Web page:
An intervention or evidence-informed practice that is poorly implemented – or not implemented at all – will not produce benefits. The relatively new field of implementation science has developed to enhance the uptake of evidence-informed practices into routine practice by practitioners and policymakers, and this approach is now becoming more widespread.

Showcasing the sector

The Evidence and Implementation Summit is a bi-annual conference co-hosted by Centre for Evidence and Implementation and Monash University that focuses on these approaches.

This year the online program will broadcast live for two days over 30-31 March (note the whole Summit will be recorded so that even if you cannot attend you will have access to the content for 12 months post event). The program includes a long list of evidence and implementation science luminaries who will also be accessible via discussion groups and networking on the Summit platform. I strongly suggest you review the full program to see the impressive array of content on offer.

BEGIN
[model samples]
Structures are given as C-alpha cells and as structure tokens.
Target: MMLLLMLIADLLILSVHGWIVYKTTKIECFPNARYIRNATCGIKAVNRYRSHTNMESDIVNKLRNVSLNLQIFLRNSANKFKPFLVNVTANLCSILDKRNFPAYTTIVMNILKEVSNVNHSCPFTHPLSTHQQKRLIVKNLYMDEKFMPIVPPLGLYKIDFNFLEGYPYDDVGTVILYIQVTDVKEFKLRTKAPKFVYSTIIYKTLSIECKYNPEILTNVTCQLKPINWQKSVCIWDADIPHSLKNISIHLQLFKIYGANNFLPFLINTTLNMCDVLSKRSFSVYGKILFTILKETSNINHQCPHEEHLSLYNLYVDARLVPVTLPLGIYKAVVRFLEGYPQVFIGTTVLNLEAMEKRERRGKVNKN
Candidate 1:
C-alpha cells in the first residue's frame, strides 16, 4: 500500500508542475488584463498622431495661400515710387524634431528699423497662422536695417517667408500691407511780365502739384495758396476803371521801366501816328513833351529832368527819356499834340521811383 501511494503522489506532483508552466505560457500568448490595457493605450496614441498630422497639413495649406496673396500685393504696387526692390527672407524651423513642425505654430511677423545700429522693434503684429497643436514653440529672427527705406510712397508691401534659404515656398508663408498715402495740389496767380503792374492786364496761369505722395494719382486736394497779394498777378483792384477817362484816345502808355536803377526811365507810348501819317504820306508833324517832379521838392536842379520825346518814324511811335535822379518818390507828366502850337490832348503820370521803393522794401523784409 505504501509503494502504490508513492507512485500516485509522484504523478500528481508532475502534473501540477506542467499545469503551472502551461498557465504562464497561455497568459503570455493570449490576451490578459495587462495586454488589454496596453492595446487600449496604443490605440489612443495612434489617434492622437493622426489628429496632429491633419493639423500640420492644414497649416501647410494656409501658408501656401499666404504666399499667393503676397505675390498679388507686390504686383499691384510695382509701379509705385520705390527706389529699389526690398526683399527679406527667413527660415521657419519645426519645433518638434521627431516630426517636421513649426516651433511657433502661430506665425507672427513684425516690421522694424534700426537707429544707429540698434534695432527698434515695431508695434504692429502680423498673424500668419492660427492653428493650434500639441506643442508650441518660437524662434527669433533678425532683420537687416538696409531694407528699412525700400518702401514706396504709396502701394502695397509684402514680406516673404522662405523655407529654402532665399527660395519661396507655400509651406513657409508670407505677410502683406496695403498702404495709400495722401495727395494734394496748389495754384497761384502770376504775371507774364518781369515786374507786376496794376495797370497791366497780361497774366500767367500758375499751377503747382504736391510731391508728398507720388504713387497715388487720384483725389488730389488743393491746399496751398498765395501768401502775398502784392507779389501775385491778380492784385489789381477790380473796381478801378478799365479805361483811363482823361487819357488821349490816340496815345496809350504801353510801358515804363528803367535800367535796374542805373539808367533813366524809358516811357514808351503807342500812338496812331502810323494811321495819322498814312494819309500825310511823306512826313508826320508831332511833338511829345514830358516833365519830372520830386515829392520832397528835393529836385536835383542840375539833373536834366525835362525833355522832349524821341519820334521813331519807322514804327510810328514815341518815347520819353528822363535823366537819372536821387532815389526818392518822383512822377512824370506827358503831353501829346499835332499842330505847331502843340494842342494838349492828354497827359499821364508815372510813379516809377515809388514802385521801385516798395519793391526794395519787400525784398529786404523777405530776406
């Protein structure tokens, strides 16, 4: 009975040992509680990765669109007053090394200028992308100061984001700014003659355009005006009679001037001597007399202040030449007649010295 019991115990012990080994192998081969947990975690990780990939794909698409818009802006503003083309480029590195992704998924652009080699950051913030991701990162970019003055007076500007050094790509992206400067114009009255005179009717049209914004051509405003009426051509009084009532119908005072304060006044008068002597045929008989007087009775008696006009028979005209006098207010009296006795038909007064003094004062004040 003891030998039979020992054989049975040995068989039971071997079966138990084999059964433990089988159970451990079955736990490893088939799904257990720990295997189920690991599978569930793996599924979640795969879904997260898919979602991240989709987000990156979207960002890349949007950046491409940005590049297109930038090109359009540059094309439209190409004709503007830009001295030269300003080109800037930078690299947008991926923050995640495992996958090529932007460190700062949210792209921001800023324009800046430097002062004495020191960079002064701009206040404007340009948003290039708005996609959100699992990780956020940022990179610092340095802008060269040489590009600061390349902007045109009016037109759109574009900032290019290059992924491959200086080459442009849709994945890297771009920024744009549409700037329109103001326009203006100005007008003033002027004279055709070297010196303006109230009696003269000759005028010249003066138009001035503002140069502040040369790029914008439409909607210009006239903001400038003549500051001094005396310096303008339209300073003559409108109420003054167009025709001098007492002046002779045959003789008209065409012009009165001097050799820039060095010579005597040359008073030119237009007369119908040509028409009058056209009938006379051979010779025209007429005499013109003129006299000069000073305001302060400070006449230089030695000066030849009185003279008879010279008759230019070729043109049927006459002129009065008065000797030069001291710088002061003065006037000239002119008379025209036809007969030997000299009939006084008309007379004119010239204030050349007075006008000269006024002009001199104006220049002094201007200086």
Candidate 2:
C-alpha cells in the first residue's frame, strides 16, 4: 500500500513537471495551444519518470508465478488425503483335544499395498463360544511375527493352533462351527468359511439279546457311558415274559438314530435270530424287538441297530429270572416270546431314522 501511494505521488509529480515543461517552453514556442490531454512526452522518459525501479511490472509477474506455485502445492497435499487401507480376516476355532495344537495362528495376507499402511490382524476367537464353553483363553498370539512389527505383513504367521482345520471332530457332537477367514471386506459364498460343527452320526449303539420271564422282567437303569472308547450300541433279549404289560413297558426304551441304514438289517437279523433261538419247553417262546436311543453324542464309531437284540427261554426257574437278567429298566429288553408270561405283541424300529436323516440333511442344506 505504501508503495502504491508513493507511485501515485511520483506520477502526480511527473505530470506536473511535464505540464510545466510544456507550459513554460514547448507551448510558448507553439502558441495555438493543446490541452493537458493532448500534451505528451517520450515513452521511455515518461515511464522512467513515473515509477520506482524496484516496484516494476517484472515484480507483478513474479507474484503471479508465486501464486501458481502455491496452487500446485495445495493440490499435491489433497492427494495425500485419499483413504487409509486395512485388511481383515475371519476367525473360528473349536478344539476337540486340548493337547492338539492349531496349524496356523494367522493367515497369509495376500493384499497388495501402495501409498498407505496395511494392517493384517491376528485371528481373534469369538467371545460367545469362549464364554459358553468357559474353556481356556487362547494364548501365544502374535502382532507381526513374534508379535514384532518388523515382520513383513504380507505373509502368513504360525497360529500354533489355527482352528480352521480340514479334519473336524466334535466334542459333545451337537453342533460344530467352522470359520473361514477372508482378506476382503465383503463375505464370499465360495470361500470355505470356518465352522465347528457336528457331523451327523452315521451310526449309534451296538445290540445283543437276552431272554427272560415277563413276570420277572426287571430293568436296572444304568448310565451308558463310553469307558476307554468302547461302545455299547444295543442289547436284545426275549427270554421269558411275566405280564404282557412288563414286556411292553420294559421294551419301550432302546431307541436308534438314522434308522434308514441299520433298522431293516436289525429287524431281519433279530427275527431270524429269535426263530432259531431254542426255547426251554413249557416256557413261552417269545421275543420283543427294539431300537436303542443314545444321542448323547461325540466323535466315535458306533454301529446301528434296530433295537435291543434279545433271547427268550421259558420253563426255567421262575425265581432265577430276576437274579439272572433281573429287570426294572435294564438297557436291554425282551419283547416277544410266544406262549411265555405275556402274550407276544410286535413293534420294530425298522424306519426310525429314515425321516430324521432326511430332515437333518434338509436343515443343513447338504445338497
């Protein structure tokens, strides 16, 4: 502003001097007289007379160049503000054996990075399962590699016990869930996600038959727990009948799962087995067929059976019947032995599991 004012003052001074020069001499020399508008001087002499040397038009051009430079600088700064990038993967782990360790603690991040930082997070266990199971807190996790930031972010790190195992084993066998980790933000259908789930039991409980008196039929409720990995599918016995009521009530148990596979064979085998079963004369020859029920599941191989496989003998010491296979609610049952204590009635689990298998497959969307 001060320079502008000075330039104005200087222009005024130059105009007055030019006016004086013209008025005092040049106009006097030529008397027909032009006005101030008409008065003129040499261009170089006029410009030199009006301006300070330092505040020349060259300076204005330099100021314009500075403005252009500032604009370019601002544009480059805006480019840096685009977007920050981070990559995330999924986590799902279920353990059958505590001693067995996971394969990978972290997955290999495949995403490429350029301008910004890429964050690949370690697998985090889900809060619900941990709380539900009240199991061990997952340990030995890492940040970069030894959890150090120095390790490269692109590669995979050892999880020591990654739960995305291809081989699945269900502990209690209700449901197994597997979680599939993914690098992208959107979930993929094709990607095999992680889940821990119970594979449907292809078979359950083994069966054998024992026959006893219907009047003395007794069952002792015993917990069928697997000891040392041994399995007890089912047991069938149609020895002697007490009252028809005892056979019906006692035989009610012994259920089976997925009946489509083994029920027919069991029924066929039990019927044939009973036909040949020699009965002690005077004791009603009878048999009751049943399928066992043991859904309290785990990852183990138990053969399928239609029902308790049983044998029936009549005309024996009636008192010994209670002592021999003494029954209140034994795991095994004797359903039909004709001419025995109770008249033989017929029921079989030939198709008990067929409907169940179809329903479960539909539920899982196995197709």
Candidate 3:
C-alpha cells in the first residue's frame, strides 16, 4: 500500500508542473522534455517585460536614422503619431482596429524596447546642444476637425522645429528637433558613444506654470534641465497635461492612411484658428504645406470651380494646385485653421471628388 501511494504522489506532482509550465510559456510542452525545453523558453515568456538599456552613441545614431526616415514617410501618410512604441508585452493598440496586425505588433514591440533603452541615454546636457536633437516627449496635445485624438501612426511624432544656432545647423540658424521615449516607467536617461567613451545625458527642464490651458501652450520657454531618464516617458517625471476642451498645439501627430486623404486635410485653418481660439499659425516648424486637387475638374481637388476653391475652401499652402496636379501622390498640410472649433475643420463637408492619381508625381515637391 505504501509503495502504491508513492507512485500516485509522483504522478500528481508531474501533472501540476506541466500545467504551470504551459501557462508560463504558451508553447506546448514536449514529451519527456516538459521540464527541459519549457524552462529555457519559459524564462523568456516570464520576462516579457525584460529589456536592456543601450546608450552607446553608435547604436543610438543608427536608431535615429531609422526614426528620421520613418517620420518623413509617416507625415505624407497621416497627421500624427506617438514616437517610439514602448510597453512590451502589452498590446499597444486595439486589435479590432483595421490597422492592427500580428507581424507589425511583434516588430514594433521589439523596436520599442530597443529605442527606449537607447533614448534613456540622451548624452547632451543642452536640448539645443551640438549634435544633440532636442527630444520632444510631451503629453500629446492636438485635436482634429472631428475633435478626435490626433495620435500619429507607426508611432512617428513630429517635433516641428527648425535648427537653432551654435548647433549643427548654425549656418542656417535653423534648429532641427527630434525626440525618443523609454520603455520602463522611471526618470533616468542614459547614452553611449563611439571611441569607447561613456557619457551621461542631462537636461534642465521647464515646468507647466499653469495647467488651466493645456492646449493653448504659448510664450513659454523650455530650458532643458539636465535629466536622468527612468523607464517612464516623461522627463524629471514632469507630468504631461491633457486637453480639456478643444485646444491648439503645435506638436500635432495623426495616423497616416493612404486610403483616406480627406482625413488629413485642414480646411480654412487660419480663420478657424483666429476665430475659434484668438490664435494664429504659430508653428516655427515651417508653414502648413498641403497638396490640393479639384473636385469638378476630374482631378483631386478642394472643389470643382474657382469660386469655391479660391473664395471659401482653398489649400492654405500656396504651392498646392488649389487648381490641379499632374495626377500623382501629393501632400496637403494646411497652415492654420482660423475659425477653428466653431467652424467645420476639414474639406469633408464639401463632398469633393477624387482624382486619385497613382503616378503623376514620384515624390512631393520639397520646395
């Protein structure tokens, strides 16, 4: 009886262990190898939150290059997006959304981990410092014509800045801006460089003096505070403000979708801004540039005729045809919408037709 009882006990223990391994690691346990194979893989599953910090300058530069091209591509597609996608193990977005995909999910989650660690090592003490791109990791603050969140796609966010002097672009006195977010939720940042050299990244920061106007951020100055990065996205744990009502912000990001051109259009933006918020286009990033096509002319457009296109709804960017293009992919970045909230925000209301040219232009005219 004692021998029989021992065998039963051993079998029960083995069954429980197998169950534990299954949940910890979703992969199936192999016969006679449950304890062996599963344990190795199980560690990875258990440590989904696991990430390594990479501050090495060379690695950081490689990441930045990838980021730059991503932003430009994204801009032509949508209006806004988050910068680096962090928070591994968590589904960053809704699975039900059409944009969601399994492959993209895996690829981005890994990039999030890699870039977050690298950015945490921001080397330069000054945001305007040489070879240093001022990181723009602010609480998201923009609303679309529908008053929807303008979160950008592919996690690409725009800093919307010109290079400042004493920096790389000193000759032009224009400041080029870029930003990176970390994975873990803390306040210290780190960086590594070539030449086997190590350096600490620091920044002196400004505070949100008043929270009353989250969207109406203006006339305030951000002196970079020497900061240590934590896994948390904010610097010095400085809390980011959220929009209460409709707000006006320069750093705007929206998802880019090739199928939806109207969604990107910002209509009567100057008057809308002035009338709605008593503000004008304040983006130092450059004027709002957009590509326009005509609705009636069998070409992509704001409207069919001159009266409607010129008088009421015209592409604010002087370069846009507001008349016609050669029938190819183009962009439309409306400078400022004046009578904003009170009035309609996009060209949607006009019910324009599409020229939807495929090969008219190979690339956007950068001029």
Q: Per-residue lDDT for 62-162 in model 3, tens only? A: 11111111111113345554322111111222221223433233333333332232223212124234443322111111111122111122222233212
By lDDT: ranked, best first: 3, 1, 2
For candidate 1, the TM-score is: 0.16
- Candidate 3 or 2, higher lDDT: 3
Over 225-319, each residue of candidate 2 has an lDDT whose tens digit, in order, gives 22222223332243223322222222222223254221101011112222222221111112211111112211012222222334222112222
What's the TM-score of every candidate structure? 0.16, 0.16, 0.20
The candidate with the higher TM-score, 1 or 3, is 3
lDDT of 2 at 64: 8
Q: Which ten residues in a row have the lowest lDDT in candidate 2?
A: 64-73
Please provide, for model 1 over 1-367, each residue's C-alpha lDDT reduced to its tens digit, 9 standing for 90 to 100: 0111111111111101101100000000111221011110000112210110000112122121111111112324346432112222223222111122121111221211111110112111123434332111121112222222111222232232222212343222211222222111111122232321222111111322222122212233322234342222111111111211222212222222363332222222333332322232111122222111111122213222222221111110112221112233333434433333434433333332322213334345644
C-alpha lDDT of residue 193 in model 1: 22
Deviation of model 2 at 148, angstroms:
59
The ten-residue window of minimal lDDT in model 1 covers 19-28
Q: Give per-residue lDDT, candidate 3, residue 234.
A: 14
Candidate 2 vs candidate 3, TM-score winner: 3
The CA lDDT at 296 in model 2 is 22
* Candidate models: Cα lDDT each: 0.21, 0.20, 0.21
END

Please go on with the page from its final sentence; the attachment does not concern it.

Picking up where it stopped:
Policymakers and practitioners are increasingly adopting evidence-informed practices and implementation science to ensure their work has impact. Getting good evidence into policy is a key theme at #EIS2021 this year. Many of the keynotes and panels are offering policy makers the opportunity to learn how technical approaches to preparing evidence for decision-making can ensure rigour, relevance and legitimacy.

Some of the policy-focused presentations and discussions at #EIS2021: